At present, the rapid transformation of African cities is influenced by local, regional and global multidimensional forces that demand more attention on the urban dimension of African settlements. As it is forecasted, African communities will become more urbanised between 2000 and 2030, and with this physical shift comes environmental and social adversities such as pollution, gender and education disparities, food scarcity, access to water and sanitation among other burdens.
Urban vulnerability in Africa is a function of anthropogenic factors that may influence the susceptibility of local communities to environmental risk. The need to transcend unilateral perspectives is central to address current and future challenges in Africa. This is done by reflecting on different set of characteristics, (social realities, demographic conditions, as well as the economic and political backgrounds) that determine vulnerability.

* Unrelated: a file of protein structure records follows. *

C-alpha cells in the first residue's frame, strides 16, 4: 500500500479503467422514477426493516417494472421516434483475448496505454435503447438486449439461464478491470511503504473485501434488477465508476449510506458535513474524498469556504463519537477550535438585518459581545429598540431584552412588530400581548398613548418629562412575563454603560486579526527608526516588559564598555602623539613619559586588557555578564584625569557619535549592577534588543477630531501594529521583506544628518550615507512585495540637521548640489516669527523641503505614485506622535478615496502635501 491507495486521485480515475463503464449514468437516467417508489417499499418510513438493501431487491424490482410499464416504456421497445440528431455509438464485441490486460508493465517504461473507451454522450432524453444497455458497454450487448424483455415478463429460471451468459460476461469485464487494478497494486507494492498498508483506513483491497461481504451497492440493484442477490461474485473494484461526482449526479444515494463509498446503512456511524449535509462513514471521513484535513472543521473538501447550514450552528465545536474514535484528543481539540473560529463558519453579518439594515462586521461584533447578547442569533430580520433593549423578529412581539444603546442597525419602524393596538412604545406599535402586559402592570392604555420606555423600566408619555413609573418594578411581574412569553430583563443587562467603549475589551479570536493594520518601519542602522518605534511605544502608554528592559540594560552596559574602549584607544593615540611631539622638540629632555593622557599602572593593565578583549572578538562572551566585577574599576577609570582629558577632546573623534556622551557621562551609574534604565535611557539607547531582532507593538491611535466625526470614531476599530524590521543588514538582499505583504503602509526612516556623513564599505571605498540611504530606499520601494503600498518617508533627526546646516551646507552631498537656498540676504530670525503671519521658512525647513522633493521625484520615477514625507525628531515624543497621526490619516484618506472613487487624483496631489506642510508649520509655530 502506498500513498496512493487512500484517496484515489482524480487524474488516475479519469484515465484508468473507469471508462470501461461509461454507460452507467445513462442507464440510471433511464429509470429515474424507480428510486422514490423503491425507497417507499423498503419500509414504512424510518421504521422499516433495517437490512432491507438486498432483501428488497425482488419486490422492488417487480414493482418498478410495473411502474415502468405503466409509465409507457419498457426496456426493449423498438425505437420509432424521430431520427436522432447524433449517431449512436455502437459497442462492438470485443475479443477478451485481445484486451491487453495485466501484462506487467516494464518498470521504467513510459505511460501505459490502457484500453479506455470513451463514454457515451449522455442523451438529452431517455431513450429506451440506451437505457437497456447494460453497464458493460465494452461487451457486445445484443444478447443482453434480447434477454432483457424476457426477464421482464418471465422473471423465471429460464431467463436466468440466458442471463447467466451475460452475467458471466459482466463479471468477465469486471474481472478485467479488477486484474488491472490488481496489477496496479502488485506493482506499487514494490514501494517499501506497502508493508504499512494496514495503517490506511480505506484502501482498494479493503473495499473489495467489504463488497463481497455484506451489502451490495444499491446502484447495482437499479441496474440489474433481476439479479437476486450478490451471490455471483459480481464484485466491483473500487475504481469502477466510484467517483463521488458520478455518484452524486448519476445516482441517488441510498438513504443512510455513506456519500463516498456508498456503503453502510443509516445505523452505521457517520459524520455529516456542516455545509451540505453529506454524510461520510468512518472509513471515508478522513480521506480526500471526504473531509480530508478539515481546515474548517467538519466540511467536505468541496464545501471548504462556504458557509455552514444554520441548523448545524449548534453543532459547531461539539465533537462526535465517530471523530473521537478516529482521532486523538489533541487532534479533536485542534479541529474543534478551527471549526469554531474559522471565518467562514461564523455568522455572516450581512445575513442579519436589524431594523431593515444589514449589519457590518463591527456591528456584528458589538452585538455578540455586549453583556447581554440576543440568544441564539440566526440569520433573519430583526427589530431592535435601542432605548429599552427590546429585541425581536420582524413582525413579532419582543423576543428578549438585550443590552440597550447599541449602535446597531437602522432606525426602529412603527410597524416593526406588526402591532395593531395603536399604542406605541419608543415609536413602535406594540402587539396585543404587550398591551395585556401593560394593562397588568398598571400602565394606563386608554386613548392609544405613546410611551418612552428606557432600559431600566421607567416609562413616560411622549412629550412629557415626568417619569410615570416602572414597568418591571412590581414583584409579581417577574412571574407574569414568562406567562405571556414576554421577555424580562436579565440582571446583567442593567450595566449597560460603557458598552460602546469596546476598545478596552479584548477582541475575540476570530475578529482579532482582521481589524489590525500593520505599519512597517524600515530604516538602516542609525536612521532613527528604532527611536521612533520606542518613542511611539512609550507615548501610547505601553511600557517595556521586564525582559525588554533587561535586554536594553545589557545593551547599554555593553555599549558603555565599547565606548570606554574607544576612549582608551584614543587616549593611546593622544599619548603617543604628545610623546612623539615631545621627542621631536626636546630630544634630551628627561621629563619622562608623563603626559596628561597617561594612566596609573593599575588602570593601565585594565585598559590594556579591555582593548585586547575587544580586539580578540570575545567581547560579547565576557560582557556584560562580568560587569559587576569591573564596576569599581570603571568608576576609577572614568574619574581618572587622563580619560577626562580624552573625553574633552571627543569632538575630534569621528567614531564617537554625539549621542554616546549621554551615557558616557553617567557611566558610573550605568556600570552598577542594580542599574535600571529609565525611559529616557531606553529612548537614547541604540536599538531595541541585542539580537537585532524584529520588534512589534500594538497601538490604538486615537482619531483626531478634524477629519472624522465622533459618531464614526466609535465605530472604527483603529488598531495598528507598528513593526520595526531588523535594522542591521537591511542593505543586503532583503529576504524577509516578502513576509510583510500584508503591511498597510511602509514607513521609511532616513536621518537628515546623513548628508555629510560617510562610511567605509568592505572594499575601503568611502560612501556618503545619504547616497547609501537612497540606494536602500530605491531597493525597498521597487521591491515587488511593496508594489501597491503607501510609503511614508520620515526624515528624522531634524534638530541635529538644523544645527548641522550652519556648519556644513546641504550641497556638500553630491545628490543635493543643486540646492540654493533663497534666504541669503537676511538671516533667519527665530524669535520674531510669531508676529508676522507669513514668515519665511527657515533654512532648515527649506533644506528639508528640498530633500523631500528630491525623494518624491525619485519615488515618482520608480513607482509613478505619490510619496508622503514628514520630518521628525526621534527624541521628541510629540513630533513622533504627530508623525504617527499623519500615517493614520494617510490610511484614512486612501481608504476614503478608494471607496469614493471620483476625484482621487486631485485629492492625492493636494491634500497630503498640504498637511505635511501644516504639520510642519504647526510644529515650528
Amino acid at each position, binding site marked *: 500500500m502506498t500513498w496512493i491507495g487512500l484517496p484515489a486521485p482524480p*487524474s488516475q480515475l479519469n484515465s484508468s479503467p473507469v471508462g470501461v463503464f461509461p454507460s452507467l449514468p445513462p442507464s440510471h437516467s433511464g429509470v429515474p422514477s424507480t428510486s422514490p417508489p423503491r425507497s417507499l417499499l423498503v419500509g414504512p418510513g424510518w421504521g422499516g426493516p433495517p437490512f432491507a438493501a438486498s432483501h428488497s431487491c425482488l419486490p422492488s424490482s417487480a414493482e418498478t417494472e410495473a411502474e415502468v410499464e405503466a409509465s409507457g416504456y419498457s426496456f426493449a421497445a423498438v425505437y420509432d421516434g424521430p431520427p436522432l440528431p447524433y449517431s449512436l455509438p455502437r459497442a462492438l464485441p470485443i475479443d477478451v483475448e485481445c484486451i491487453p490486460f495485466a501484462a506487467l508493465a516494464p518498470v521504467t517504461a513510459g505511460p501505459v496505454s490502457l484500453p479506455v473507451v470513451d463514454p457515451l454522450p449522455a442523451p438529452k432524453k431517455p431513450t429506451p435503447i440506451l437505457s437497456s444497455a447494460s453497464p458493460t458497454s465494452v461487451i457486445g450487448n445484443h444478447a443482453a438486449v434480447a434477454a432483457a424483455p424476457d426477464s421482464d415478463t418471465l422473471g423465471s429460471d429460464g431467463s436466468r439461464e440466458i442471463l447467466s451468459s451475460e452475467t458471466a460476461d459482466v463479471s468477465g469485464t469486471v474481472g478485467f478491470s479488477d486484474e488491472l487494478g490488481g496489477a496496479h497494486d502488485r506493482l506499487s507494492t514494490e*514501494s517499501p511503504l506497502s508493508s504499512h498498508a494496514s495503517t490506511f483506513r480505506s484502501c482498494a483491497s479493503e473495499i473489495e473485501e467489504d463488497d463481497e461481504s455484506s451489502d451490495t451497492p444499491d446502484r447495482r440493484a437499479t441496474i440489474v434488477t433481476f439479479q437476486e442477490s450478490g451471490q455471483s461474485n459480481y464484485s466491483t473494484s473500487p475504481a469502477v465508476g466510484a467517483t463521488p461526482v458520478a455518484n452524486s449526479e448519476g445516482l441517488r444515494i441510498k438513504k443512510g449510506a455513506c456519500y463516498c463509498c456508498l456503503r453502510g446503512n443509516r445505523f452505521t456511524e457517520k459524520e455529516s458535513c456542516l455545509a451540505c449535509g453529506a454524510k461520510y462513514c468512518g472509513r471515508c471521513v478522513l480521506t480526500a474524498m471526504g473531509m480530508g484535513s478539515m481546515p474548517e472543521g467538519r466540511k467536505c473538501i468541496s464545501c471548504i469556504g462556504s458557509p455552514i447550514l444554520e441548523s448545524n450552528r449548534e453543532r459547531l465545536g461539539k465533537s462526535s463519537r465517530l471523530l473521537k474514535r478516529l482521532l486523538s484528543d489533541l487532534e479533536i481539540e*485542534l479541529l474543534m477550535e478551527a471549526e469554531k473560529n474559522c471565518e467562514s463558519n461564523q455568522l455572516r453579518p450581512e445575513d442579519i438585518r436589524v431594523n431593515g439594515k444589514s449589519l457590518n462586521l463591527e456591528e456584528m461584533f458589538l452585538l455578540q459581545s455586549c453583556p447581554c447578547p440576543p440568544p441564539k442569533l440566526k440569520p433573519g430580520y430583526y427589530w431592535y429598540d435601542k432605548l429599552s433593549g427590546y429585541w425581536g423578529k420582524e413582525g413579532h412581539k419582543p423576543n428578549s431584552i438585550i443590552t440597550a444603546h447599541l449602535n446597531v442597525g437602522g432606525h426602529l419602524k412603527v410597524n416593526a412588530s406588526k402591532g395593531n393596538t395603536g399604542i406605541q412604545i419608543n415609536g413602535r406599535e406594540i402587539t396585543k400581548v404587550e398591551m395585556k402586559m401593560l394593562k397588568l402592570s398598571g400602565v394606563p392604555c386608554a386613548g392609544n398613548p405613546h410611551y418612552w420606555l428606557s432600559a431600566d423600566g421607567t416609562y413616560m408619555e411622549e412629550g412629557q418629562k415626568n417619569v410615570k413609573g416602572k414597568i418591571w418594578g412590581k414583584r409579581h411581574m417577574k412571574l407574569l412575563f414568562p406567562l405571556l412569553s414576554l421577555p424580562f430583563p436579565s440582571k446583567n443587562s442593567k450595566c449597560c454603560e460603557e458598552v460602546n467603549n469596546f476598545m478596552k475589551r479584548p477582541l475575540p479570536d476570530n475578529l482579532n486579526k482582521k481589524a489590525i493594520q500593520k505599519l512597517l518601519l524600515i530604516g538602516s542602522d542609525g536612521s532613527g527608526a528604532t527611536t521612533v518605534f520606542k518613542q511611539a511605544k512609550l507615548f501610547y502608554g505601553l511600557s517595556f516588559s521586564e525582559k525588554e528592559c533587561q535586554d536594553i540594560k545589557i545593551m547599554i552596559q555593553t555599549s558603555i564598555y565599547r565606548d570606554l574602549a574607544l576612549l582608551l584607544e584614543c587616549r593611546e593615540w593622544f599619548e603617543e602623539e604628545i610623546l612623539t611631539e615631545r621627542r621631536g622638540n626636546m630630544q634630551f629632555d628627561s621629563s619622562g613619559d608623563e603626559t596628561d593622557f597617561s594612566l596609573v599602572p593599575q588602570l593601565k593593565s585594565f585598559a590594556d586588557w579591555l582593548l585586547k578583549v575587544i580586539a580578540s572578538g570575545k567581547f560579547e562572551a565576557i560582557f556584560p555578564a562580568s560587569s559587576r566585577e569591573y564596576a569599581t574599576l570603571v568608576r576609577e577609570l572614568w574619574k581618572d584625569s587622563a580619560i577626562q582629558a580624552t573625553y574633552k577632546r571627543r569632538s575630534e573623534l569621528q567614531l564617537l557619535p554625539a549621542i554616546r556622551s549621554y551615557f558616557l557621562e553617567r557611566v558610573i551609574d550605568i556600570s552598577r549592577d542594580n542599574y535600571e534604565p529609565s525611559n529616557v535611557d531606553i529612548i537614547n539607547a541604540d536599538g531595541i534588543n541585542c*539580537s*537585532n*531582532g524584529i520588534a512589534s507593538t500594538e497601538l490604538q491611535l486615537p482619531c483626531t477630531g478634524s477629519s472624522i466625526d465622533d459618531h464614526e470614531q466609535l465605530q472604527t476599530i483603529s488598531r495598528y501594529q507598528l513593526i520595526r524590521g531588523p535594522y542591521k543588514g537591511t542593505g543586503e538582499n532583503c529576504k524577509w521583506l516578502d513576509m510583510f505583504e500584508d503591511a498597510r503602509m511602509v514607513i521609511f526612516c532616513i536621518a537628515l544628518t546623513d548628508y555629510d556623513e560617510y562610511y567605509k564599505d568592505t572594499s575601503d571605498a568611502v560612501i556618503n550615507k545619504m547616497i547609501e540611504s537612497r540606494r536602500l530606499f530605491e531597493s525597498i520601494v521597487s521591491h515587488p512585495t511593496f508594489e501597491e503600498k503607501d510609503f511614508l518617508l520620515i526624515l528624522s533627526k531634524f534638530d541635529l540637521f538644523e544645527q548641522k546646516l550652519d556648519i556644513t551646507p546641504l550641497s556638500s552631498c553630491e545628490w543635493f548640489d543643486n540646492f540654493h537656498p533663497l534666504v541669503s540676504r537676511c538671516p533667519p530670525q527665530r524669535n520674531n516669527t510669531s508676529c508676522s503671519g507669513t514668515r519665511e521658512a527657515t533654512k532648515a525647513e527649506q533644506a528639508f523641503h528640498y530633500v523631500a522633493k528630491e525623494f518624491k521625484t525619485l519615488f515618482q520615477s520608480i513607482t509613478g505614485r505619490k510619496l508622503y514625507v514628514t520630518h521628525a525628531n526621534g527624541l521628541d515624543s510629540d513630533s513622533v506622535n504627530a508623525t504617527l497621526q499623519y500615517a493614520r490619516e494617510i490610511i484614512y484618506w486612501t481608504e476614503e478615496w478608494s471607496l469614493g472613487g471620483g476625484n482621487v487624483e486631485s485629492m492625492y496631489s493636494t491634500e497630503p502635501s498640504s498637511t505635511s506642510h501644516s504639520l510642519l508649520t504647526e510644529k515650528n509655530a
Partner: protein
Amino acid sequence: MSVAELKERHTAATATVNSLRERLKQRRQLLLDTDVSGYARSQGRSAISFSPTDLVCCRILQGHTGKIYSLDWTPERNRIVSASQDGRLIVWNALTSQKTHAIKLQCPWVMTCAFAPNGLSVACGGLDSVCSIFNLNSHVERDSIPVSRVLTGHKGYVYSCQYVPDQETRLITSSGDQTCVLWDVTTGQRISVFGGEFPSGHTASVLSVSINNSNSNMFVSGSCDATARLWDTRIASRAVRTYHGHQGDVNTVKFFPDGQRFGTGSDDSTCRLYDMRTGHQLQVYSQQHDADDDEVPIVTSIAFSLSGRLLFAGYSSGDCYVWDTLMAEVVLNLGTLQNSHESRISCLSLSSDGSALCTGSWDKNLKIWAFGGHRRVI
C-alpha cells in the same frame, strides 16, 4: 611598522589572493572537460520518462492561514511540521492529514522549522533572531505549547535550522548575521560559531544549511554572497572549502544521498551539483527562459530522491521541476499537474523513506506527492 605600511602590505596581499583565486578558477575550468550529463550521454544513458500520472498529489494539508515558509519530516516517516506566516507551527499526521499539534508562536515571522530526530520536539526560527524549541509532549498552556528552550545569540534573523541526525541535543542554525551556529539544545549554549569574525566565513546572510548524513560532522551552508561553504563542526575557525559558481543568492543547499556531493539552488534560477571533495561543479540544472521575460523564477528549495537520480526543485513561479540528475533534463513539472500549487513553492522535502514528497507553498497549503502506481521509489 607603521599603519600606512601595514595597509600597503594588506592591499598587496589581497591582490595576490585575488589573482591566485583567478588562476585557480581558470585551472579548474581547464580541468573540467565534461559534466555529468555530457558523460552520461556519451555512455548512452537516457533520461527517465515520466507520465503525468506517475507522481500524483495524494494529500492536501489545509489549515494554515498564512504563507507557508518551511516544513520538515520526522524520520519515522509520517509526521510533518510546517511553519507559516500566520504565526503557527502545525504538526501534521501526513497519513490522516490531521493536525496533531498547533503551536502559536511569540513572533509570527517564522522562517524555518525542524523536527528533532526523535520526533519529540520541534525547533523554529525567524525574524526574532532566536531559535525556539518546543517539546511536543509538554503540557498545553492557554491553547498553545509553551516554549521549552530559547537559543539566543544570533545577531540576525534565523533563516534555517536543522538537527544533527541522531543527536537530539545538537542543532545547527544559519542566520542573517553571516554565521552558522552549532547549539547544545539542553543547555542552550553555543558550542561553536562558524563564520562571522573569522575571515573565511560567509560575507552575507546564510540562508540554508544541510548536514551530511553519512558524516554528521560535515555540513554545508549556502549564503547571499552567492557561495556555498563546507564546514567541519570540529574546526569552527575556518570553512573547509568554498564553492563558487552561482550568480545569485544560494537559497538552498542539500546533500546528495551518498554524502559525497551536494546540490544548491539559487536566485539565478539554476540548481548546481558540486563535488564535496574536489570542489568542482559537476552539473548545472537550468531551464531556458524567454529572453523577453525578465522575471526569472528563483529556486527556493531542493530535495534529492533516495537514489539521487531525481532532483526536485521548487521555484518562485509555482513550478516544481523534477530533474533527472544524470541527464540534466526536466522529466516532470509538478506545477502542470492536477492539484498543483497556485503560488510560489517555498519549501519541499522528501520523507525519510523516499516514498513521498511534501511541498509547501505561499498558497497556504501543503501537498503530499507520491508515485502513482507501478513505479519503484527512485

The cyclical loop between urban areas and environmental problems is more obvious when examining climate change related issues. Several African cities, while showing signs of development and growth are paradoxically becoming more at risk. Their exposure to a hazard is substantiated by a series of cumulative flood, drought and sea rise level circumstances, which have been observed in recent years. African nations need to absorb the social, economic and environmental impact caused by natural disasters. Climate change related hazards are likely to aggravate their current state if efforts to improve their coping and resilient capacities are not undertaken.